Thank you for your website. It is extremely helpful.
After 20 years being in the frequent flyers list, I still find that turbulence at 35,000 feet is my main problem.
Is it true that most accidents occur during the take-off and landing? Surprisingly, the take-off and landing phase is the most comfortable and calming part of the flight for me.
I feel the fear is, when we are at 35,000 feet and if the plane shakes suddenly, we are worried that nobody can find us if the plane breaks into two. Whereas if it crashes during the take-off or landing, our bodies can be recovered.
How to overcome this fear feeling?
P.S. Remember one of the top and famous Dutch soccer player would not travel by air with their national team for any matches outside the country. Even in Europe, he would use train to join his team mates. So I think it is a global ‘problem’ - this fear of flight turbulence.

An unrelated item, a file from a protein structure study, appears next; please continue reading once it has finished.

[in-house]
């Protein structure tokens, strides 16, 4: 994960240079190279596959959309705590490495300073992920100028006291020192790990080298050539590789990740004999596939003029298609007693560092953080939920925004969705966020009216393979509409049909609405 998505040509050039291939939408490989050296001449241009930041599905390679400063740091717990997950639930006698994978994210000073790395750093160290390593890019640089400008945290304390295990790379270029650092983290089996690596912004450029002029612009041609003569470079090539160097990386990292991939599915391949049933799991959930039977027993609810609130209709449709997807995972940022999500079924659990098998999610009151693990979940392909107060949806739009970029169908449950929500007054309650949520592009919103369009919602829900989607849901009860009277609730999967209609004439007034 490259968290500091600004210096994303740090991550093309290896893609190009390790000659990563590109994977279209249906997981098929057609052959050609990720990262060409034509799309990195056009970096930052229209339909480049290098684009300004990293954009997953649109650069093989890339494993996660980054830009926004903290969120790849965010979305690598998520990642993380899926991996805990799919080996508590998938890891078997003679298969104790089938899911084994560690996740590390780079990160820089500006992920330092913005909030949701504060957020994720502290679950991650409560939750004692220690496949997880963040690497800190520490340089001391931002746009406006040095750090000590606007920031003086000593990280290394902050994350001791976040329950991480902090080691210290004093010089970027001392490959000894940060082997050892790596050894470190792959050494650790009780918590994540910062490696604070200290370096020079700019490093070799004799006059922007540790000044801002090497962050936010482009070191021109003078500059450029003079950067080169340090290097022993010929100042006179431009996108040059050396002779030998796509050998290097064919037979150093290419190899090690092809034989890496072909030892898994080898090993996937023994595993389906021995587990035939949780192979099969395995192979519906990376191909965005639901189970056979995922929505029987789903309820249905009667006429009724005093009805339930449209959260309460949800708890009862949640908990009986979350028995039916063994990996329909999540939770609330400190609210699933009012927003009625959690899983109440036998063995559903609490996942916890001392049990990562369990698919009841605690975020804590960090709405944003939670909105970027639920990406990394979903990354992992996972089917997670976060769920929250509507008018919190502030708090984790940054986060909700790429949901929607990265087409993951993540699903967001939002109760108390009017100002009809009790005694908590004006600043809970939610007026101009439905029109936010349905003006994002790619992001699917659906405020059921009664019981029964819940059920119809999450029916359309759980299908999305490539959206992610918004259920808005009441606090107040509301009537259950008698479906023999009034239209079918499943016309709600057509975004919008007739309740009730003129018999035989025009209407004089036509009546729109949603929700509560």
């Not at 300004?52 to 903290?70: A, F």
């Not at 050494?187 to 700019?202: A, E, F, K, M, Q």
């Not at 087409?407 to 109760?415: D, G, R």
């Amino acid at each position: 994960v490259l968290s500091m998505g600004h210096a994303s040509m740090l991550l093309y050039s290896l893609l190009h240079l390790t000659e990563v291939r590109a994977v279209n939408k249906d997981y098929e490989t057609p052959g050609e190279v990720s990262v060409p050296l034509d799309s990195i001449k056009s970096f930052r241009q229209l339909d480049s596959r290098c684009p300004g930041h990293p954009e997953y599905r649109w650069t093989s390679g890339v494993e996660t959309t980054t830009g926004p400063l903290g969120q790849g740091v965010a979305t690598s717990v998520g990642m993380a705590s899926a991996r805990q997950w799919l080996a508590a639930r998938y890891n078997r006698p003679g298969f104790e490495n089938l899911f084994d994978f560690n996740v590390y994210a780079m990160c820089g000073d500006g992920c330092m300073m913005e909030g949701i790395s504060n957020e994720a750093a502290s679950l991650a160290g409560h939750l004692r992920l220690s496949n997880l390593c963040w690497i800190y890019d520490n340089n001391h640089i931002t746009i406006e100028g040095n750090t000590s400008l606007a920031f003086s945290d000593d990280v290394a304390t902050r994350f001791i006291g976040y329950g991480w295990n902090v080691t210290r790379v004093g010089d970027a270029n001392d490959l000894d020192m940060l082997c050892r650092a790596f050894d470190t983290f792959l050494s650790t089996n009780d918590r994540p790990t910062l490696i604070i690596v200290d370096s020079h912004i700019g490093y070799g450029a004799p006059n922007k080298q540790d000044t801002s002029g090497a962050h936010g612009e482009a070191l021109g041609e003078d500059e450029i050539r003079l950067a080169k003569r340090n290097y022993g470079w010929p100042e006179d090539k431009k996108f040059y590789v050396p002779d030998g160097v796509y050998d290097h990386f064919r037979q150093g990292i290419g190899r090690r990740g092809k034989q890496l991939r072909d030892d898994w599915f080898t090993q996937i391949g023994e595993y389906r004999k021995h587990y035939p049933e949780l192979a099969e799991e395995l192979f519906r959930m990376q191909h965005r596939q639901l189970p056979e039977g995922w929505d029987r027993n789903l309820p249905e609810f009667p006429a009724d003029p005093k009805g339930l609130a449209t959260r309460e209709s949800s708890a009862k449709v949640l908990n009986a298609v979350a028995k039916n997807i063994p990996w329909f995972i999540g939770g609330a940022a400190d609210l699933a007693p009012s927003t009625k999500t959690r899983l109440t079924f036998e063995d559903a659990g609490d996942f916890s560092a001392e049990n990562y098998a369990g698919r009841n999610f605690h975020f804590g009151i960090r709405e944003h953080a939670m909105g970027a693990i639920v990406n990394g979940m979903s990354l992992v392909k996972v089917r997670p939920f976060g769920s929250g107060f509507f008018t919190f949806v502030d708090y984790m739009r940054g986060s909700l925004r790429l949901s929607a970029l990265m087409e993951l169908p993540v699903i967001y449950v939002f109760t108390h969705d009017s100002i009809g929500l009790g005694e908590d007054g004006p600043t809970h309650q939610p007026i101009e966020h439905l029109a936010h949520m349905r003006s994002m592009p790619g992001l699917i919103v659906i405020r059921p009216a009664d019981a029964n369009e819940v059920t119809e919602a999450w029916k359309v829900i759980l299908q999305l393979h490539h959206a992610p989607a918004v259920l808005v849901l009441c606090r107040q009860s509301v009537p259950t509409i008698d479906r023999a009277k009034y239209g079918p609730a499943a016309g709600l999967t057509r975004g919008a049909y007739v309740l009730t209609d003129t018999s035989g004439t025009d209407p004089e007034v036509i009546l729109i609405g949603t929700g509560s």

Unfortunately I am not a psychiatrist to help you and your irrational fear about turbulence at high altitude.
It is true that a very high percentage of air accident occurs during the take-off and landing stage and the cruising phase is the least worrying part of flying; yet you feel the most comfortable during this stage of the flight. So the cause of fear can be due to many factors and appears to be subjective.
The two famous soccer players, (Bergkamp, the ‘non-flying Dutchman’ and HSV striker Paolo Guerrero), did consider seeking psychiatric help about fear of flying but I wonder if they did. Nevertheless, extreme cases of aerophobia (flying fears) can be relieved or cured by some fear of flying clinics. It is all up to the subject.
You can read two articles, written by a local journalist (Louisa Lim) who interviewed me regarding this subject and also another clinical psychologist who talks about systematic desensitisation here and here
PS. To check for any latest updates or postings, you can follow my new Twitter at @CaptKHLim